Welcome to this episode of our podcast where I dive into the world of Logic Pro X and share my top five tips to help you improve your workflow. If you're a music producer, composer, or someone who just loves to experiment with sound, then this episode is for you.
I start off with a powerful MIDI feature that allows you to hear a note at any point in Logic Pro X - MIDI chase. Next, I show you a nifty Logic Pro X fade tool shortcut that will save you tons of time when working with audio tracks.
Then, I introduce you to Logic Pro X's MIDI FX and show you how they can help you spice up your chord progressions and add new dimensions to your tracks.
For those of you who work with MIDI extensively, I've got you covered too! I'll teach you how to bulk edit MIDI note length in the Logic Pro X piano roll, and how to quickly move multiple MIDI notes in the same piano roll with ease.
So sit back, relax, and get ready to learn some Logic Pro X tips that will take your music production to the next level. Don't forget to subscribe to our channel and hit the notification bell to stay updated with our latest uploads!
CLICK HERE, to get your mix on point with Logic Pro X in just 5 weeks!
Contact Inside The Mix
Send a DM through IG @insidethemicpodcast
Email me at email@example.com
THANK YOU to our Patreon Supporters
Join the exclusive Inside The Mix Patreon Community here: https://www.patreon.com/InsideTheMixPodcast
Thanks for listening & happy producing!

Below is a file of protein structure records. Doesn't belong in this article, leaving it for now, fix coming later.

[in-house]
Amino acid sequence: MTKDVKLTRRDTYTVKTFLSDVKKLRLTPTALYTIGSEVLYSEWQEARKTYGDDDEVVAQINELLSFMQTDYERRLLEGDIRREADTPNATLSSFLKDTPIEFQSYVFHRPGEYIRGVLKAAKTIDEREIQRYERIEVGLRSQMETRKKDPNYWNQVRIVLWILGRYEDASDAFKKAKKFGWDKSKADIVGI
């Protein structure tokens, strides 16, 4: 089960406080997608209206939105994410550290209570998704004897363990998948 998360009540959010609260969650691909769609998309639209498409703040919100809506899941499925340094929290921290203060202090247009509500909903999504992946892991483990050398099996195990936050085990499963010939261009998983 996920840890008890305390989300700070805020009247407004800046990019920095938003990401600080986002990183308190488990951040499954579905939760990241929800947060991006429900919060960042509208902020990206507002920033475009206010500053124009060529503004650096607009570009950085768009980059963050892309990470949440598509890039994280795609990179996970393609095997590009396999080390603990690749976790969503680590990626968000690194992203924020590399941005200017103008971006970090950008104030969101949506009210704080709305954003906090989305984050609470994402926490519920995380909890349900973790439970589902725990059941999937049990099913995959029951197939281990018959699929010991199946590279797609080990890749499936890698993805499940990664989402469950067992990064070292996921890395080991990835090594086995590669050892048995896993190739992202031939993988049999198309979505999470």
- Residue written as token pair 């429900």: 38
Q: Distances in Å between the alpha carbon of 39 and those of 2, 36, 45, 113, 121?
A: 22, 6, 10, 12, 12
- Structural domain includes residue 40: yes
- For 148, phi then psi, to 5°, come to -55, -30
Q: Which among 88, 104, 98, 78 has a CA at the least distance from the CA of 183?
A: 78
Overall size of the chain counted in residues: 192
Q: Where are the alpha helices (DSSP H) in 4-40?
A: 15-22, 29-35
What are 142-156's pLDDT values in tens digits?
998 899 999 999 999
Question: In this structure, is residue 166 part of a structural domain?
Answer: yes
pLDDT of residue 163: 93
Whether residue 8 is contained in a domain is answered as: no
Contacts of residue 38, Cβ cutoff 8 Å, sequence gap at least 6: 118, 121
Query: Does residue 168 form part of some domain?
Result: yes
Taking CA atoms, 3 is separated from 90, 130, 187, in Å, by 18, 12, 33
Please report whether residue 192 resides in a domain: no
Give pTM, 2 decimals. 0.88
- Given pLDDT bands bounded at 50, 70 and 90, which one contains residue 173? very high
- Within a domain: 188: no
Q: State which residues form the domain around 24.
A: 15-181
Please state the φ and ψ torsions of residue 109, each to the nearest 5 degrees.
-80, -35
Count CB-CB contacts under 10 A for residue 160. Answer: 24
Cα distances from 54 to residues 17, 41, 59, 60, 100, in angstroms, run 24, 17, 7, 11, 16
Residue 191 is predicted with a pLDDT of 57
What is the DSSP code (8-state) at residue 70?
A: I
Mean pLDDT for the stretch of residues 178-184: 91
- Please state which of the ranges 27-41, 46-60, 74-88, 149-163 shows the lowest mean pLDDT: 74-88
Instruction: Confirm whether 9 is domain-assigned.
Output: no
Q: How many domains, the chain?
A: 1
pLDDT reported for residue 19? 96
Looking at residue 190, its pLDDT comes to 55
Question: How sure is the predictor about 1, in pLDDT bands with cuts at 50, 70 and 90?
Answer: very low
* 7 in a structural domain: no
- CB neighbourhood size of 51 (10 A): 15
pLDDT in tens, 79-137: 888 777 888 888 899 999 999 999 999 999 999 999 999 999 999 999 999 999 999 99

Hey, inside the Mix podcast fans, I am Neon Shade. Please follow and subscribe to my YouTube channel at Official Neon Shade. I just released two new singles, stereo Love and Locked Out. Both come with videos that I made as well. You are listening to Inside the Mix podcast, and here's your host, Mark Matthews. Hello and welcome to the Inside the Next podcast. I'm Mark Matthews, your host, musician, producer, and mix and mastering engineer. You've come to the right place. If you want to know more about your favorite synth music artists, music, engineering and production, songwriting, and the music industry. I've been writing, producing, mixing, and mastering music for over 15 years, and I wanna share what I've learned with you. Hey folks, and welcome back to The Inside the Mix podcast if you are a new listener. Welcome and don't forget to hit that subscribe button. And if you are a returning listener, a big welcome back. Now this episode is, uh, is different to the usual episode. So we're not doing an interview. It's not Producer Kickstart, but what it is, it's my top five Logic Pro X workflow tips. So these are tips. These are things. These are tools, techniques, tips that I use every day when I'm using Logic Pro. And what I've done with these tips is I've managed to improve my workflow and I can get in flow state a lot quicker. I love that phrase flow state. Don't use that enough on the podcast. Um, so these tips, obviously it is for Logic Pro, but what I'm hoping is if you're not already using something similar in your own d a w, is that you'll be able to recognize how these tips. These tools can help you and maybe you could go away and research how you could do the same in your door of choice. Um, so I'm not gonna ramble anymore. I'm now gonna show you my top five Logic Pro workflow tips. So let's dive in with number one. Okay. This is my first tip. Now this one, I don't know how I live without this for so long, so I'm gonna play this mid here, and I'm starting just after bar six. And obviously if you're watching this on YouTube, you'll see I'm sort of halfway. To a third through the mid note and you get this, you get nothing to begin with cuz it's not triggering halfway through the mid note. So you'd have to wait for it to cycle back around to play those notes. Now, I dunno how I'd live with this without this rather for so long, but in Logic Pro, if you go to file and then you go to project settings and then Midi, a window will come up. And if you click on Chase notes, Okay, so Chase and then notes, you'll be then be able to do this. Okay? So if you're watching this on YouTube, you can see I'm halfway through to a third through a mid note and it triggers halfway through. It's amazing. I dunno how I live without this for so long. So if you want to hear midi notes halfway through a note, well at any point during that mid note go to file project settings. You can go straight to MIDI rather than general, and then it's Chase, and then notes sustained and you'll be able to trigger a note halfway through or any at any point in a MIDI file. How I live without that for so long, I don't know, but that's number one. Okay, so this is tip number two. So this is more to do with sort of shortcuts, keyboard shortcuts, but in my workflow, one I'm editing, and this is particularly important when I'm editing the podcast actually, is I like to use the selector tool and then my sort of option tool. My, my auxiliary tool, as it were, is the Marqui tool, which I think that's transferable across most, well, certainly the selected one, and anyway, across most dws. And, um, I like to use that when I'm selecting audio and I'm cutting and editing and blah, blah, blah. But there is one keyboard shortcut that I dunno how, once again, I could probably say this quite a lot. You're gonna get bored of it by how I live without it. But there's a fade shortcut on the keyboard and it's control shift. And then you go to the top of the region, the audio region drag, and it will create a fade for you. So you don't need to set the fade tool as the option tool. Okay. In logic, you can just press control and shift and it will create a fade for you. In fact, if the fades already there, you can see if you're watching this on YouTube, I can start to manipulate. Sort of the slope of the fade. But there we go, folks. So controlled and shift and then drag from the edge of the audio region. And that shortcut will create a quick fade for you, and that has been instrumental in speeding up my podcast editing workflow. So give that a go. Okay folks, so this is my third tip, and this uses Logic Pros Advanced MIDI Quantization feature. So I've got this cord here and it sounds like this. Okay. Now one thing I didn't know you could do, or rather that logic does until this moment is if you select all the notes, um, in the piano roll at the top left, it actually tells you is a B flat nine, the suspended four. Um, which I, how I'd never noticed that before. I don't know. But there you go. It will actually tell you the chord that you've, uh, you've got there. Um, I must have been totally oblivious to that before. Anyway, that is not the tip. The tip is this. If you go over to the inspector and you click on more in the region, area of the inspector for this particular midi uh, lane. In this mid track, um, you've got Q velocity all the way down to Q strength, and we are gonna look at Q flam. So what happens is if I go into positive values for the Q flam, you'll see it creates an ascending arpeggio and it sounds like this. Okay? If I go the other way, And go into negative values. It creates a descending arpeggio like this. So once again, folks, really quick, you can quickly create a humanized feel or even arpeggio for your chords in Logic Pro in the Inspector with the advanced MIDI quantization features. Give it a go. Okay, so my fourth workflow tip, and you'll see that a lot of these are midi orientated. Cause I work with MIDI a lot when I'm songwriting. And this one's once again in the piano roll. And this time I've got this, uh, piano pluck, um, sort of sound. And it sounds like this. Probably less a piano, more just a synth, to be honest. Anyway, that's what it sounds like. And all the notes, uh, bar one are the same size. But imagine I want all the notes to be the same size, or imagine you've got a lot of midi and the rule of a different size. You've programmed something in and they're not quite right. What you can do is if you select all of the notes, and then if you press option shift and then drag one of those notes that you selected, it will resize them all to the same size. And if you're watching this on YouTube, you can see as I drag left and right. The mid notes are all. Changing to the same size. So really quick tip there, and there's actually one other one I wanna throw in here. Um, and this is another one that I use all the time. So if you go to view, you can add note labels and note labels are great when you're trying to deconstruct a chord. If you've just played something on the fly, you wanna know what notes. Are there, or you wanna transpose it to guitar or some sort of acoustic instrument, go to view in the piano role and just turn on note labels. I always work with note labels. I turn them off previously Peoria for the, uh, purpose of this demonstration. So there you go. That is the fourth tip. Okay folks, so here's my fifth and final workflow tip. Now I use this when I'm auditioning sounds notably with drums, to be honest, if I've got kick or snare, cuz what I'll do is when I'm songwriting, I'll just use. Um, a generic kick snare, tom's, whatever it may be, just so I can get the idea down. And then when I'm starting to mix or starting to evolve or develop the, uh, composition a bit more, I'll do this. I'll go in the piano roll and I'll select all the notes. And then if I press alts or option and then up, I can drag all of the mini notes up and down in the piano role. So what I'll do is I'll play this back, and then what I'll do is I'll move the notes up and down until I find the snare that I want or the sound that I want. As you can see, obviously you'll have to have a sampler instrument set up with multiple samples in it. But you can quickly audition and you can just cycle through and just move it up, move it down until you find the sound that you want. So that is my fifth and final workflow tip, and having used all these tips this last year, put them all together and there are more. There are more. But this is a short episode. I have managed to 10 x my output in terms of songwriting. It's been, uh, it's been a game changer. So give this fifth one a go. So there we go folks. Those are my top five Logic Pro workflow tips, and hopefully you can see the benefit of using these. Tips these tools. Uh, notably they are mostly midi but it significantly has improved my workflow in terms of songwriting. So hopefully you can take it and they transfer into your d a w of choice. Um, let me know, let me know how you've got on. Maybe you haven't been able to find the answer unfortunately. I wouldn't know cuz. Logic is my sort of door of choice as I, as I've mentioned, but I'm being intrigued to know if your d a w does something similar. If you are a Logic Pro user, I am actually putting together a five week tutorial series and this series. Each week I'm gonna drop a, a new video showing you how you can mix in Logic Pro, specifically with synth based music, and it's only gonna be using native plugins if you are interested in this course. I'm trying to gauge interest as to whether or not. There is an audience for it. Head over to www.insidethemixpodcast.podium.com/free and register your interest for this five week tutorial series. As I say, it is gonna be mixing from the ground up using Logic Pro and only its plugins. No third party plugins. Anyway, folks, what I'm gonna do now is, um, I'm gonna play you this song and, uh, it's something I've been working on with a few others as a co-lab, and I'm gonna play you the end here. So this is a, uh, Guitar silo added by Octa Gaines. And there's also gonna be vocals on this, but, um, listen out for this. It's gonna be off an up and coming EP of mine. And, uh, this is the, uh, the outro of the first track of the, uh, ep. Hi, I'm Chewy. I go by Chewy Beats, and my favorite episode is 66 because it showed me a new approach of writing lyrics and yeah, I'll try that in my next one.